It’s easy to see why Dundee United supporter Paul McNicoll was voted SFSA fan of the year.
For starters, the 43-year-old is instantly personable, charismatic and has a dry sense of humour shared by many of his Dundonian cohort.
Those attributes come in handy when co-hosting The Dode Fox Podcast alongside Ronny Costello, the show’s immense popularity being another reason why fellow-supporters nominated him for the Scottish Football Supporters Association prize.
On top of that, McNicoll and fellow Arab Andy Crichton’s walk from Tynecastle to Tannadice raised £43,000 for the Tangerines over the summer, which went towards the club’s legal fees in the fight to secure promotion to the Premiership.
For the man himself, though, the real reason he won was far more obvious.
“There are no fans in any grounds at all this season and, lo and behold, I win fan of the year,” he said.
“It’s a low bar this year but, hey-ho, I’ll take it. It’ll never happen again!
Our guy 🧡🖤🧡🖤🧡 https://t.co/m4GF9jwuZG
— The Dode Fox Podcast (@dodefoxpodcast) February 6, 2021
“That slight bit of humour to the whole thing hasn’t been missed by me.
“The last winner was Colin Weir (the late Partick Thistle owner) and he put a lot of money into his club and is, obviously, no longer with us now.
“So the award has gone from a multi-millionaire to an absolute doughnut with no money.”
‘There’s a big sense of guilt about the whole thing but…it’s nice and something completely out of the blue’
Despite his humorous take on his success, McNicoll admits he was shocked to win and was keen to praise those who were by his side the whole way.
He added: “I knew absolutely nothing about it and when I got the email I thought Ronny was at it!
“I thought that he had set up a fake account and was just stitching me up to see if I would bite.
“Going from knowing absolutely nothing about it to reading the email which said I was nominated by quite a lot of people and, not only that, I’d actually won… it was a big shock.
“In the cold light of day, when you think about it, people have taken their time to nominate me.
“Since it’s been announced people have been kind of jumping on me a bit saying: ‘How did Andy Crichton not win it as well because he done the walk, too.’
“He was one of the guys that nominated me that I did not know about. There’s no issue with him and I but I do feel like a wee bit of a fraud winning it on the back of something we’ve done.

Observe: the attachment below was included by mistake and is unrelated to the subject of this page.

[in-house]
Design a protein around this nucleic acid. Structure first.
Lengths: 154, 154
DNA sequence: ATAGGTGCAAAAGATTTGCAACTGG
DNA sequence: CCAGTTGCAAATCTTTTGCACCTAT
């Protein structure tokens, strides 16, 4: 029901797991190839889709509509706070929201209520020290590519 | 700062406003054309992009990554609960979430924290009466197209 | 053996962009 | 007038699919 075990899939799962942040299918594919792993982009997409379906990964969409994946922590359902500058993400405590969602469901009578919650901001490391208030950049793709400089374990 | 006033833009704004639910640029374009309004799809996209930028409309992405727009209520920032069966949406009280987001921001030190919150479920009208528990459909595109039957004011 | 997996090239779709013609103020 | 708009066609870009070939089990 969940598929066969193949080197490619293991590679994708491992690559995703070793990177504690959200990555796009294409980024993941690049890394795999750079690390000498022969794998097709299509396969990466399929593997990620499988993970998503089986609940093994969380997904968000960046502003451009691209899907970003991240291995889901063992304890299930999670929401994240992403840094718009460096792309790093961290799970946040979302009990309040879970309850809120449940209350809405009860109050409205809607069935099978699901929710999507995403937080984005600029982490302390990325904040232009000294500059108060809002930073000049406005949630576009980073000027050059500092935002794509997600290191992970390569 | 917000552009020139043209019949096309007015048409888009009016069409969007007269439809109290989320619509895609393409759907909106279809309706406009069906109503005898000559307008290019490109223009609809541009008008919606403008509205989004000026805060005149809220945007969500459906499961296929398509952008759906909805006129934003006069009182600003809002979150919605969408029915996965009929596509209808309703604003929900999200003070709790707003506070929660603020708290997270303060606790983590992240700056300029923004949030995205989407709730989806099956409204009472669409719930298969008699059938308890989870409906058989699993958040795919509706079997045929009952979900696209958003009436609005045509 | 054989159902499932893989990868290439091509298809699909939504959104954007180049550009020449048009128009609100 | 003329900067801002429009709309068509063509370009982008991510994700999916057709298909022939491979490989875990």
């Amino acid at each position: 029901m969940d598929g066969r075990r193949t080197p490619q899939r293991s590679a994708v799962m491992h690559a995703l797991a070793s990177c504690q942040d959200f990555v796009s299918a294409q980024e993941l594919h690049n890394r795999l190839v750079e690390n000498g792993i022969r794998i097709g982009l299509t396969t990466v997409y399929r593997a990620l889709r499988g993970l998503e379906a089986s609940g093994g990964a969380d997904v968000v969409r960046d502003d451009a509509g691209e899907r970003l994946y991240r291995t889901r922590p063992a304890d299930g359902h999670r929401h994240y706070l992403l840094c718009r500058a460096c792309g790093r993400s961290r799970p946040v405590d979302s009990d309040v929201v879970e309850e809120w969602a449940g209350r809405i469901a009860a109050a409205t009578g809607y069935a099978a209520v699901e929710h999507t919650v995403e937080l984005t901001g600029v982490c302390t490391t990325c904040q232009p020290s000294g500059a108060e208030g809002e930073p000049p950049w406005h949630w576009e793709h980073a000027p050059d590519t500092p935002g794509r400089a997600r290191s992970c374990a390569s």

“The other thing mentioned as part of the win was for the contribution to the podcast so, again, I don’t do that on my own. Ronny’s the brains behind the operation.
“There’s a big sense of guilt about the whole thing but, at the end of the day, it’s nice and something completely out of the blue.”
McNicoll at the double after Scots language prize
In fact, the prize is McNicoll’s second piece of silverware in the last few months after he and Costello won scots media person o’ the year at the Scots Language Awards late last year.
Awards do not validate the success of the podcast for McNicoll. Instead, the impact it has on people’s lives as it’s released every Monday to the tangerine masses is far more important.
“I’m not a big fan of awards, regardless of what sort they are,” he said.
“To have won two this year is ridiculous. There’s a bit of me that just does not take it seriously.
“It (the podcast) helped Ronny and I get through lockdown as well.
“It gave us something to focus on and look forward to but it was never the plan to be interviewing all these club legends!
“It’s just the best laid plans and all that, things just get flung out the window and you just make do with what you can.”
Is a normal life too much to ask for ‘Dundee celebrity’ Paul?
The Dode Fox Podcast, which has thousands of devoted listeners ‘tuning in’ each week, has made McNicoll and Costello household names among the Terrors’ support.
However, father-of-one McNicoll insists he’s not a ‘Dundee celebrity’ despite the SFSA proclaiming his stardom.
He said: “It’s great for my mum and dad – they’re proud as punch but I’m certainly not a celebrity.
“I saw in the SFSA’s article they mentioned I was a ‘Dundee celebrity’ but that couldn’t be any further from the truth.
“I’m just a normal person. There’s nothing celebrity-like about me!”
Ever a man of the people, McNicoll simply yearns for a normal life.
For the Dundonian, that means a return to his seat in the Eddie Thompson Lower with son Leo (12) and dad Iain (60) as soon as possible, with Covid-19 denying him and many others that ritual.
“Myself and thousands around the country are absolutely choking to get back into the games,” McNicoll commented.
“It gives you a focus whether you’re having a good, bad or indifferent week. If you’re a football fan, you go to the games and it gives you something to look forward to at the weekend.
“You can still do that now, I suppose, watching it on the telly but it’s not the same.
“When the game finishes you just push a button and the TV’s off and that’s it. Whereas, when you’re at the game you have to wait and moan about how long it’s taking to get out the ground.
“You speak to people as you’re heading down the ramp at the back of the stand and then some people will go to the boozer but I go back to the Heggie for a pint or two.
“It’s just good to go over it, a post-mortem of what you’ve just watched.
“Sitting in the house you can’t celebrate too much when you win and there’s no point getting too despondent when you lose. It just doesn’t feel real, it’s watered down massively this season.
“Get everybody back in pronto!”